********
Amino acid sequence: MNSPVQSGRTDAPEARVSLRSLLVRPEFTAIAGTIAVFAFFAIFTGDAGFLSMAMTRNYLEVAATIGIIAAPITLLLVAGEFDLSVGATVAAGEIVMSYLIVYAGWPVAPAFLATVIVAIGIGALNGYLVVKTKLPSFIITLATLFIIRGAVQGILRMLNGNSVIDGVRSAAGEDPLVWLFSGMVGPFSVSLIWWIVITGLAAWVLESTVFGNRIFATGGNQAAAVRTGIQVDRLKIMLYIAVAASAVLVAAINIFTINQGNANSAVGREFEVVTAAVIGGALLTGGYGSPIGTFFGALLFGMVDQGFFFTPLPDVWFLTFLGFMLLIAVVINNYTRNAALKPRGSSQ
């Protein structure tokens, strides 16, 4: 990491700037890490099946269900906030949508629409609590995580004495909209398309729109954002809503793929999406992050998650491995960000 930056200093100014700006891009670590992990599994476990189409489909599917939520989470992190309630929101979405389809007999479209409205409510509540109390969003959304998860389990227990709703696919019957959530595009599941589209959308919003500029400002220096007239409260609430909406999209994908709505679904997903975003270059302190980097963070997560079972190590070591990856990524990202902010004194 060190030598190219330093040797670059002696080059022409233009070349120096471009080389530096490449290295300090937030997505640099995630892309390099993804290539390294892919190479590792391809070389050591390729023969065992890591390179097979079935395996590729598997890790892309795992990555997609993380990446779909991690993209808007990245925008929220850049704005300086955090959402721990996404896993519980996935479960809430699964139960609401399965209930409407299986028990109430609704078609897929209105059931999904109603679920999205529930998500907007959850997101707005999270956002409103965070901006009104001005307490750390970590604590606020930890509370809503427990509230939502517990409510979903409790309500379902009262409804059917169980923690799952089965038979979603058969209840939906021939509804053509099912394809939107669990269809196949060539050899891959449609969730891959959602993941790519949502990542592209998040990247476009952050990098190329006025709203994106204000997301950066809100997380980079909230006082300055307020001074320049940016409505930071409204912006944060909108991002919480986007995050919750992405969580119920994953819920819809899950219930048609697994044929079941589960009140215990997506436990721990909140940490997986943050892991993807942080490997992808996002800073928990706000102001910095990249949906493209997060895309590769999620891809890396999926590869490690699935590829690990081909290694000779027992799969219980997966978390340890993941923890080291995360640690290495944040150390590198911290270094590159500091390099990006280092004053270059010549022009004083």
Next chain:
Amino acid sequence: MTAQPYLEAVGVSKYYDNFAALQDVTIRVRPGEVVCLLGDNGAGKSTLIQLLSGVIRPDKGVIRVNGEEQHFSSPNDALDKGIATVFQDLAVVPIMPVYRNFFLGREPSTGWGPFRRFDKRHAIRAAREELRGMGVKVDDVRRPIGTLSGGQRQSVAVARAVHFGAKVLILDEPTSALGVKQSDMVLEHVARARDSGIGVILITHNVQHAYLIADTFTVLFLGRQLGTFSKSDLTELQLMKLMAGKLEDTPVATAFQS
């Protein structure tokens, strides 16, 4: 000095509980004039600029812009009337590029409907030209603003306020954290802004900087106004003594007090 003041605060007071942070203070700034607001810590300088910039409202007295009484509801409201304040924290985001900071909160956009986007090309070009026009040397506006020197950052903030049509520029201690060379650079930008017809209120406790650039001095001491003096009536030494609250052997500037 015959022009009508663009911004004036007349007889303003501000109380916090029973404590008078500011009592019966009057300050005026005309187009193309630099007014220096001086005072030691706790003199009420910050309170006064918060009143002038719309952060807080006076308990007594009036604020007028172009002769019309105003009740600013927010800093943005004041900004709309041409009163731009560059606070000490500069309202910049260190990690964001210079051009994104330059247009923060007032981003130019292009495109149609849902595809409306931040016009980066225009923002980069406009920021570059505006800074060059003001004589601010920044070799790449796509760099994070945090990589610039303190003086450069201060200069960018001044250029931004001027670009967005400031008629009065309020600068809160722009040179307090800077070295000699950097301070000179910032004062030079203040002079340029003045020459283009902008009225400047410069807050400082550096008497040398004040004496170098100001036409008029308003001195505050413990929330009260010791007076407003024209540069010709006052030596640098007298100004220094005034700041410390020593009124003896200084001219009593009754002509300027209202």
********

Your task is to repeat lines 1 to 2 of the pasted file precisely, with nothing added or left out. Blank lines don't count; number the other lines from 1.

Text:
Amino acid sequence: MNSPVQSGRTDAPEARVSLRSLLVRPEFTAIAGTIAVFAFFAIFTGDAGFLSMAMTRNYLEVAATIGIIAAPITLLLVAGEFDLSVGATVAAGEIVMSYLIVYAGWPVAPAFLATVIVAIGIGALNGYLVVKTKLPSFIITLATLFIIRGAVQGILRMLNGNSVIDGVRSAAGEDPLVWLFSGMVGPFSVSLIWWIVITGLAAWVLESTVFGNRIFATGGNQAAAVRTGIQVDRLKIMLYIAVAASAVLVAAINIFTINQGNANSAVGREFEVVTAAVIGGALLTGGYGSPIGTFFGALLFGMVDQGFFFTPLPDVWFLTFLGFMLLIAVVINNYTRNAALKPRGSSQ
């Protein structure tokens, strides 16, 4: 990491700037890490099946269900906030949508629409609590995580004495909209398309729109954002809503793929999406992050998650491995960000 930056200093100014700006891009670590992990599994476990189409489909599917939520989470992190309630929101979405389809007999479209409205409510509540109390969003959304998860389990227990709703696919019957959530595009599941589209959308919003500029400002220096007239409260609430909406999209994908709505679904997903975003270059302190980097963070997560079972190590070591990856990524990202902010004194 060190030598190219330093040797670059002696080059022409233009070349120096471009080389530096490449290295300090937030997505640099995630892309390099993804290539390294892919190479590792391809070389050591390729023969065992890591390179097979079935395996590729598997890790892309795992990555997609993380990446779909991690993209808007990245925008929220850049704005300086955090959402721990996404896993519980996935479960809430699964139960609401399965209930409407299986028990109430609704078609897929209105059931999904109603679920999205529930998500907007959850997101707005999270956002409103965070901006009104001005307490750390970590604590606020930890509370809503427990509230939502517990409510979903409790309500379902009262409804059917169980923690799952089965038979979603058969209840939906021939509804053509099912394809939107669990269809196949060539050899891959449609969730891959959602993941790519949502990542592209998040990247476009952050990098190329006025709203994106204000997301950066809100997380980079909230006082300055307020001074320049940016409505930071409204912006944060909108991002919480986007995050919750992405969580119920994953819920819809899950219930048609697994044929079941589960009140215990997506436990721990909140940490997986943050892991993807942080490997992808996002800073928990706000102001910095990249949906493209997060895309590769999620891809890396999926590869490690699935590829690990081909290694000779027992799969219980997966978390340890993941923890080291995360640690290495944040150390590198911290270094590159500091390099990006280092004053270059010549022009004083």